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Fashion Law Insight – A Design as Used on Apparel May Not be Registrable as a Trademark


By Robert J. English

If you seek to register your graphic design as a trademark for apparel, registration may be refused if your use of the design appears to be merely decorative ornamentation.

Diesel Power Gear, LLC applied to register a bearded skull design as a trademark for items of apparel.

Bearded Skull Design

Diesel submitted screenshots of two t-shirts as specimens of use.  They showed the mark on the front of the shirts, one as the corner of a modified black & white American flag, and the other having American Flag stripes, stars and colors superimposed on the design with the surrounding words “AMERICAN PROUD” and “Diesel Power.”

Two t-shirts displaying the designs on the front

The Examining Attorney refused registration on the ground that the design as shown on the specimens did not function as a trademark because it was merely a decorative feature displayed on the front of the shirts and would not be perceived as a source indicator by consumers.

Diesel appealed to the Trademark Trial and Appeal Board (TTAB), which affirmed the refusal of registration.  The TTAB noted that there is no per se rule regarding registrability based on the size or location of a mark on clothing.  Rather, an ornamentation decision is based on the commercial impression engendered by the mark, taking into consideration the size, location, dominance and significance of the alleged mark as applied to the goods.  The TTAB referred to the Trademark Manual of Examining Procedures, which instructs Examining Attorneys to consider the following four factors:

  1. The commercial impression of the proposed mark
  2. The relevant practices of the trade
  3. Secondary source, if applicable (either a trademark registration based on use or a non-ornamental use of the mark for other goods)
  4. Evidence of distinctiveness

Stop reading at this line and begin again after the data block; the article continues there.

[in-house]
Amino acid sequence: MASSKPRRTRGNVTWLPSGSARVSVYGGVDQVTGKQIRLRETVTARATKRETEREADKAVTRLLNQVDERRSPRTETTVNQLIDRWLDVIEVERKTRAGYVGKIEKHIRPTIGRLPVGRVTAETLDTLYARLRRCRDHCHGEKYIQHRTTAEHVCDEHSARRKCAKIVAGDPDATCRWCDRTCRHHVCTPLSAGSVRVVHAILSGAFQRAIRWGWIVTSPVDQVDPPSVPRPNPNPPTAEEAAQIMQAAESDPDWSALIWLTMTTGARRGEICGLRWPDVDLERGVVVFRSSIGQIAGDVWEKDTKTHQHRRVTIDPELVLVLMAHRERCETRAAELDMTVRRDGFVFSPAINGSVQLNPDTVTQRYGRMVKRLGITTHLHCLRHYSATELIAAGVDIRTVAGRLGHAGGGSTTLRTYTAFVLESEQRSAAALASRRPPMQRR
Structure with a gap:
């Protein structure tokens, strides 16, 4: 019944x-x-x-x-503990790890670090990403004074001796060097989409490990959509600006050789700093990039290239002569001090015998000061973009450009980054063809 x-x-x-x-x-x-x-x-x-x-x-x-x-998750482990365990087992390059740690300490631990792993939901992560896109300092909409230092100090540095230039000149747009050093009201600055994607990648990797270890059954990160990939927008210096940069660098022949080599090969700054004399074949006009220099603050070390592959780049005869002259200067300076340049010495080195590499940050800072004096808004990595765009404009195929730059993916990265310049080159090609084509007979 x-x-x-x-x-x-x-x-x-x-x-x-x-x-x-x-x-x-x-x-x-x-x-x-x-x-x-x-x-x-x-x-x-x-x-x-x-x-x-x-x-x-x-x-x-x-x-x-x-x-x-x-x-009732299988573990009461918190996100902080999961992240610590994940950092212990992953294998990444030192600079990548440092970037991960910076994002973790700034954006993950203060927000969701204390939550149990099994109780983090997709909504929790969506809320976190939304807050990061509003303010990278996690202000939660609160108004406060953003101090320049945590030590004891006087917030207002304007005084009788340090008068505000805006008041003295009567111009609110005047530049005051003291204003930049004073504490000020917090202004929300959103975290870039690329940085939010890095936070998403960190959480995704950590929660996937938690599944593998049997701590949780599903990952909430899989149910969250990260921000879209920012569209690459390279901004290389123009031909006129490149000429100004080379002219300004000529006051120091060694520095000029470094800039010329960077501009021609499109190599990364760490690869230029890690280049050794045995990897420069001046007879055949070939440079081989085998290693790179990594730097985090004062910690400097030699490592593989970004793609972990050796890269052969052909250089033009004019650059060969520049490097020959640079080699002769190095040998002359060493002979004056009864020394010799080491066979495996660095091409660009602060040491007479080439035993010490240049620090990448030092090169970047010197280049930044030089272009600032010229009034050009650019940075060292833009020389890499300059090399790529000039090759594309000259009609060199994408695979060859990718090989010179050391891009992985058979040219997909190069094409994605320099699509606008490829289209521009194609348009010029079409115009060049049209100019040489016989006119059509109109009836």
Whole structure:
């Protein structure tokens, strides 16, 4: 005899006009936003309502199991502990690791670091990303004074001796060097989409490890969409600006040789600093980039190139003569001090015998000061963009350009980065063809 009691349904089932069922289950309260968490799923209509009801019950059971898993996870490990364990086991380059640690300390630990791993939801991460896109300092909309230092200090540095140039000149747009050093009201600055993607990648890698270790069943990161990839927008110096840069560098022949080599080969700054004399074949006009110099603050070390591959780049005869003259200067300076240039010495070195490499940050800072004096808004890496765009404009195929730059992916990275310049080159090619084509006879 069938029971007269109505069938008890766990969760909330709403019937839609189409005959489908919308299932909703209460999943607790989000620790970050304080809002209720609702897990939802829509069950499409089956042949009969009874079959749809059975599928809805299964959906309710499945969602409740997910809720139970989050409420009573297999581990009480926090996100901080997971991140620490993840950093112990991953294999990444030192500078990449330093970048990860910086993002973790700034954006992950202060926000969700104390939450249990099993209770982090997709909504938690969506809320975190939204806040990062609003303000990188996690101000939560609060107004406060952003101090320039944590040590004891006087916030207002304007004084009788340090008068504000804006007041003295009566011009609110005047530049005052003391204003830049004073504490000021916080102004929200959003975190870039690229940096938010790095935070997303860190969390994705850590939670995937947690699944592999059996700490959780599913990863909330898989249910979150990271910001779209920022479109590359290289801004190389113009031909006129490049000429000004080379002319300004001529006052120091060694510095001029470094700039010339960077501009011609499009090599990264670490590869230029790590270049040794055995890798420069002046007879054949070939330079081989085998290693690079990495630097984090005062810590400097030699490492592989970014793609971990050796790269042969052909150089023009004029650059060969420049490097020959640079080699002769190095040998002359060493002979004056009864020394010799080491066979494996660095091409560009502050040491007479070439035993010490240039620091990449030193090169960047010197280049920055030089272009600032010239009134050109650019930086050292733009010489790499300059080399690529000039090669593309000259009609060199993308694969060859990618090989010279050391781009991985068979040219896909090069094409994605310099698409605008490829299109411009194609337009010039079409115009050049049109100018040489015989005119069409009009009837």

In this case, the TTAB agreed with the Examining Attorney that the size, location, dominance and significance of the bearded skull design were such that it was likely to be perceived as part of the “thematic whole” of the t-shirts.  Diesel had not presented supporting evidence that consumers have been conditioned to recognize such a display as a trademark, or that this design had been used with or registered with other goods or services.  Although the bearded skull design was found to be inherently distinctive as a trademark for shirts, Diesel was found to have failed to make a trademark use of the design on apparel.

In re Diesel Power Gear, LLC, Application No. 87261073 (February 27, 2019).  This decision rejected the application as to Class 25 only. The application also claimed an intention to use the design as a trademark for vehicle accessories in Classes 12 and 27.  A decision on those classes will await examination of the way the mark may appear on specimens for the goods in those classes.  

Author’s Note:  The applicant could have taken steps to make trademark use of this inherently distinctive design for apparel.  For example, this design could appear in a more traditional place on a neck label, a hangtag, packaging or even as a small logo on the breast area of the t-shirts.  If this design had been registered as a mark for some related goods, such as jewelry or cosmetics, its use in a large size on the front of the t-shirts might have been deemed to be recognizable as a trademark, although it would have been more clearly a trademark use if it were not incorporated into other design features on the front of the t-shirts.


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